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Nine Science Books I Wish I'd Had Time to Read This Year

This has been a truly excellent year in science books, and I've written about five of them: Rebecca Skloot's The Immortal Life of Henrietta Lacks, which seems to be on the top of everyone's "Best of 2010" list; Shell Games by Craig Welch, who delved into the hidden world of wildlife trafficking in ...

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This has been a truly excellent year in science books, and I've written about five of them: Rebecca Skloot's The Immortal Life of Henrietta Lacks, which seems to be on the top of everyone's "Best of 2010" list; Shell Games by Craig Welch, who delved into the hidden world of wildlife trafficking in the Pacific Northwest; Bonobo Handshake by Vanessa Woods, who introduced readers to our lesser known primate cousins; Sam Kean's The Disappearing Spoon, full of fabulous tales of the Periodic Table; and The Calculus Diaries by Jennifer Ouellette, who made calculus so interesting, I wanted sit down and figure out the equations for myself.



But I have a pile of books sitting on my desk that I haven't had time for yet. Here are nine I wish I'd gotten to:







* Packing for Mars, by Mary Roach: Roach visited research facilities around the world to learn how we prepare for space exploration, from the miseries of isolation to how NASA designs space toilets.



* Written in Stone, by Brian Switek: In his first book, my fellow Smithsonian blogger Switek (he writes daily on Dinosaur Tracking) looks at evolution from the paleontological point of view.



* Pink Brain Blue Brain, by Lise Eliot: Eliot, a neuroscientist at the Chicago Medical School examines how the differences between boys and girls emerge, arguing that small differences present at birth become amplified over time as we reinforce stereotypes.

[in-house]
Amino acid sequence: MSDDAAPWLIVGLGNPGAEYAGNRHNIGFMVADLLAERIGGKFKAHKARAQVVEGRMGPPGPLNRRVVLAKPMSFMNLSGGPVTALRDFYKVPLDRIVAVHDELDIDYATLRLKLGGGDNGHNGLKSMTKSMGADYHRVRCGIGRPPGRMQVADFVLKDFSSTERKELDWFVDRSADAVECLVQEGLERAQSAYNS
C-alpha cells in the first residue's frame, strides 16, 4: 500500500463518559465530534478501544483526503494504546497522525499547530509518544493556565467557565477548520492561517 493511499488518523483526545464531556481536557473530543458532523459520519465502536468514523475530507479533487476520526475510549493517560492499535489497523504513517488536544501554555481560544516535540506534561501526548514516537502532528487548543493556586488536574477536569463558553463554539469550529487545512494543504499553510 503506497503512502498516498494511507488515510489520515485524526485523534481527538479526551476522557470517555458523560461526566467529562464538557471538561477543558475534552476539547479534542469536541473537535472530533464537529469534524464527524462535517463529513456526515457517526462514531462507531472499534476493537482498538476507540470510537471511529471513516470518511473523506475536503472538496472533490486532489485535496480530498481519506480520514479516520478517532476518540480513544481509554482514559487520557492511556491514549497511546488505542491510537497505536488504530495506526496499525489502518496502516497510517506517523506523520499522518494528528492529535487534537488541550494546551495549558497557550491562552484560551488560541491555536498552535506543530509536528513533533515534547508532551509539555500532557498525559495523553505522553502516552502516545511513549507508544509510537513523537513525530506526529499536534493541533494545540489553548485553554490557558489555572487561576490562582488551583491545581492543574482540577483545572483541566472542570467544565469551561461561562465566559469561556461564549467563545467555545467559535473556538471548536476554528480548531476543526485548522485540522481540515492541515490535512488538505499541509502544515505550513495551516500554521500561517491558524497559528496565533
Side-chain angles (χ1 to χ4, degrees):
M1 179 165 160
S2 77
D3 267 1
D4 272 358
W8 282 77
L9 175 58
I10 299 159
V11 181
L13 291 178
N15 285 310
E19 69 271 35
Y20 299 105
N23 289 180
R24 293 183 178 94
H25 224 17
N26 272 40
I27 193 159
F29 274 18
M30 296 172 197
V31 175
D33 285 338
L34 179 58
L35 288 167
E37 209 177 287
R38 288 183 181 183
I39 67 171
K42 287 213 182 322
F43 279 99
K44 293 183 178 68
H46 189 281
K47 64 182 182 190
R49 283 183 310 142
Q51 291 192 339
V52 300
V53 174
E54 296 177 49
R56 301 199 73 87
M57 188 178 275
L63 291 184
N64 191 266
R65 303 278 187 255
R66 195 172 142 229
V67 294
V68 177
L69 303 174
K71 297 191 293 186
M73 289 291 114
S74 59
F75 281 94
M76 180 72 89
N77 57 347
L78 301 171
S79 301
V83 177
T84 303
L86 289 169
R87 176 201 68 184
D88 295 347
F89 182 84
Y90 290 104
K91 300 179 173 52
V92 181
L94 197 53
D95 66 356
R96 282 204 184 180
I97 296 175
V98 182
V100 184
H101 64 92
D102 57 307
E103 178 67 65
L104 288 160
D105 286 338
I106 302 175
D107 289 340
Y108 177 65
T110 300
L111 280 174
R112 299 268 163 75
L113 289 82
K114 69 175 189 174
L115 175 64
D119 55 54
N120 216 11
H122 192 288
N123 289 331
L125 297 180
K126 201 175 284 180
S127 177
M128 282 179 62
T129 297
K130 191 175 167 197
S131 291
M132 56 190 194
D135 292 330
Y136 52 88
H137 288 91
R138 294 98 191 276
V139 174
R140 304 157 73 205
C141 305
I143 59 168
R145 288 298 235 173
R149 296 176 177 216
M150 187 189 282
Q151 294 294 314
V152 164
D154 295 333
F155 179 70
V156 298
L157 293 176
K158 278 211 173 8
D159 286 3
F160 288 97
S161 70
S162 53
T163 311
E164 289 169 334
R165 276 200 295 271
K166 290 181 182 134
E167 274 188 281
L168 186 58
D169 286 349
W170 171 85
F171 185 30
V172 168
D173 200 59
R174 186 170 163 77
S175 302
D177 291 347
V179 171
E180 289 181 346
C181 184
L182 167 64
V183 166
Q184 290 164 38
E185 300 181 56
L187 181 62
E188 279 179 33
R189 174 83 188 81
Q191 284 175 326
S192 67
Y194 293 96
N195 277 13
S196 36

* Proofiness: The Dark Arts of Mathematical Deception, by Charles Seife: Mathematical misinformation pervades our world, making falsehoods seem to be true. Seife shows the dangers in this and how "proofiness" is undermining our democracy.



* The Species Seekers, by Richard Conniff: In his most recent book, Conniff, a frequent contributor to Smithsonian, looks at the history of natural history, back to the 18th century. "It was the great age of discovery," he told Smithsonian.com recently.



* Selling the Fountain of Youth, by Arlene Weintraub: The anti-aging industry is making a killing off of people who are trying to stay young. But many of these treatments aren't just doing damage to our pocketbooks; Weintraub discovered that some are downright dangerous.



* The World in 2050, by Laurence C. Smith: Geoscientist Smith uses global modeling research to predict what our world will be like in 2050. This should be a nice companion to Smithsonian's 40th anniversary issue, "40 Things You Need to Know About the Next 40 Years."



* On Second Thought: Outsmarting Your Mind's Hardwired Habits, by Wray Herbert: The mental tricks and biases that help us get through life quickly and easily may also be leading us into unwise decisions, Herbert writes.



* Solar, by Ian McEwan: Good fiction books with a science bent are rare. Here's a story about greed, deception and climate change.
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About Sarah Zielinski
Sarah Zielinski

Sarah Zielinski is an award-winning science writer and editor. She is a contributing writer in science for Smithsonian.com and blogs at Wild Things, which appears on Science News.

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